Real-time Out-of-distribution Detection in Learning-Enabled Cyber-Physical Systems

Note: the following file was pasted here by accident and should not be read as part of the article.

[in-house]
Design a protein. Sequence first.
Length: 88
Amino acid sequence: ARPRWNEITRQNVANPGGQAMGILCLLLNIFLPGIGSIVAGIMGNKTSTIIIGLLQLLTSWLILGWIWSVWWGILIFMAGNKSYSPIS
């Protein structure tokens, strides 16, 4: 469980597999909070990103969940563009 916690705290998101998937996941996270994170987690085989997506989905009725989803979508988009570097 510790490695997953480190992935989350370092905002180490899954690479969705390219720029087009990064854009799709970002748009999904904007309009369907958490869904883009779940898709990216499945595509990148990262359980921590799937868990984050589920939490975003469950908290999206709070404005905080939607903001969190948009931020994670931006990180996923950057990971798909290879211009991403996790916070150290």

Abstract – Cyber-physical systems (CPS) greatly benefit by using machine learning components that can handle the uncertainty and variability of the real-world. Typical components such as deep neural networks, however, introduce new types of hazards that may impact system safety. The system behavior depends on data that are available only during runtime and may be different than the data used for training. Out-of-distribution data may lead to large error and compromise safety. The paper considers the problem of efficiently detecting out-of-distribution in CPS control systems. Detection must be robust and limit the number of false alarms while being computational efficient for real-time monitoring. The proposed approach leverages inductive conformal prediction and anomaly detection for developing a method that has well-calibrated false alarm rate. We use variational autoencoders and deep support vector data description to learn models that efficiently compute the nonconformity of new inputs relative to the training set and enable real-time detection of out-of-distribution high-dimensional inputs. We demonstrate the method using an advanced emergency braking system and a self-driving end-to-end controller implemented in an open source simulator for self-driving cars. The simulation results show very small number of false positives and detection delay while the execution time is comparable to the execution time of the original machine learning components.